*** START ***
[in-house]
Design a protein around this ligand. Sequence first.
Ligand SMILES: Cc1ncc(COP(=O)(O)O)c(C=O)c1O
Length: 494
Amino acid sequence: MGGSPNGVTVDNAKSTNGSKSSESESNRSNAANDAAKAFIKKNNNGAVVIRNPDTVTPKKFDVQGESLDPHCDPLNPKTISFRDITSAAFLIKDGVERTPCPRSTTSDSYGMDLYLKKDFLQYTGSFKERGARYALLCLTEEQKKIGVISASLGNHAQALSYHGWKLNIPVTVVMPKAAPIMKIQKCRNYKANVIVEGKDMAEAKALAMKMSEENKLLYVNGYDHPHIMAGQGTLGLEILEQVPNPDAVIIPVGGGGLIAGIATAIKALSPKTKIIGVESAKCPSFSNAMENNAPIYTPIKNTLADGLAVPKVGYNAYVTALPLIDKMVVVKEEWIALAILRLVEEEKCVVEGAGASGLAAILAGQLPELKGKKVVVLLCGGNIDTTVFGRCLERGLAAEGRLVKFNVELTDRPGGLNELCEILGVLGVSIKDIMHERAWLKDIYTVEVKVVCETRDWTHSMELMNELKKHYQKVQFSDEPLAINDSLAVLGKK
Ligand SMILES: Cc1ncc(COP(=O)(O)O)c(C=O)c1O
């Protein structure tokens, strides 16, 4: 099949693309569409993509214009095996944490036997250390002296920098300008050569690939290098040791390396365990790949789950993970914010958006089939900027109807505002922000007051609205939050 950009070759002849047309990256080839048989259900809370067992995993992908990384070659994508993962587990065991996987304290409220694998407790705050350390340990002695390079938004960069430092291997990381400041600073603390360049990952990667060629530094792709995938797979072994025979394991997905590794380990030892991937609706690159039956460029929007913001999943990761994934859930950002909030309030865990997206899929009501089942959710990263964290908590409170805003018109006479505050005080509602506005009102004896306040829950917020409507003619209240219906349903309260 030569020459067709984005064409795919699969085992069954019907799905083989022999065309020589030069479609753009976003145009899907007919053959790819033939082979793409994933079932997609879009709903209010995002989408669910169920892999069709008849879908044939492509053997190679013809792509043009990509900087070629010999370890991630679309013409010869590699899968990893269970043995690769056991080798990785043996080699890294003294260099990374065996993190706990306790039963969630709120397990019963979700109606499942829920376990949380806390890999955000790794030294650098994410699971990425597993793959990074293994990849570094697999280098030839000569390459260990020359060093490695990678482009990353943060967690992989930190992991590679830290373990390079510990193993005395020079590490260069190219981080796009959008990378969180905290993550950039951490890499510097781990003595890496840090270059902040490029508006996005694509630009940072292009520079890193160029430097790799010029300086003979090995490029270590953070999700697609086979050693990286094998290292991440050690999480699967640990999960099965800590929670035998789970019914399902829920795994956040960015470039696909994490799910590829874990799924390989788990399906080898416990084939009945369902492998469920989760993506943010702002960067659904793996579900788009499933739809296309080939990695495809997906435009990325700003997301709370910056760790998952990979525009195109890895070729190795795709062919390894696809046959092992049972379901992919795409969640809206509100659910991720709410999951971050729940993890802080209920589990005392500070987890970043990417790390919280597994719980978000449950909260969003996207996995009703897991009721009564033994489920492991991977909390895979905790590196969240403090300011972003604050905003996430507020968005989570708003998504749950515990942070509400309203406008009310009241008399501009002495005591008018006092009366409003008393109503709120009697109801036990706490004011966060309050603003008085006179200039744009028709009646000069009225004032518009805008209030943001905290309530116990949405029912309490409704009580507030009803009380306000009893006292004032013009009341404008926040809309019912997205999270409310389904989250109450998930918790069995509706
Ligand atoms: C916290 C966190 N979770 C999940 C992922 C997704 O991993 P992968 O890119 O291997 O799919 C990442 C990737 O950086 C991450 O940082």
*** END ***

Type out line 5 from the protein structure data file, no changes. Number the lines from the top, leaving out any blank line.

Amino acid sequence: MGGSPNGVTVDNAKSTNGSKSSESESNRSNAANDAAKAFIKKNNNGAVVIRNPDTVTPKKFDVQGESLDPHCDPLNPKTISFRDITSAAFLIKDGVERTPCPRSTTSDSYGMDLYLKKDFLQYTGSFKERGARYALLCLTEEQKKIGVISASLGNHAQALSYHGWKLNIPVTVVMPKAAPIMKIQKCRNYKANVIVEGKDMAEAKALAMKMSEENKLLYVNGYDHPHIMAGQGTLGLEILEQVPNPDAVIIPVGGGGLIAGIATAIKALSPKTKIIGVESAKCPSFSNAMENNAPIYTPIKNTLADGLAVPKVGYNAYVTALPLIDKMVVVKEEWIALAILRLVEEEKCVVEGAGASGLAAILAGQLPELKGKKVVVLLCGGNIDTTVFGRCLERGLAAEGRLVKFNVELTDRPGGLNELCEILGVLGVSIKDIMHERAWLKDIYTVEVKVVCETRDWTHSMELMNELKKHYQKVQFSDEPLAINDSLAVLGKK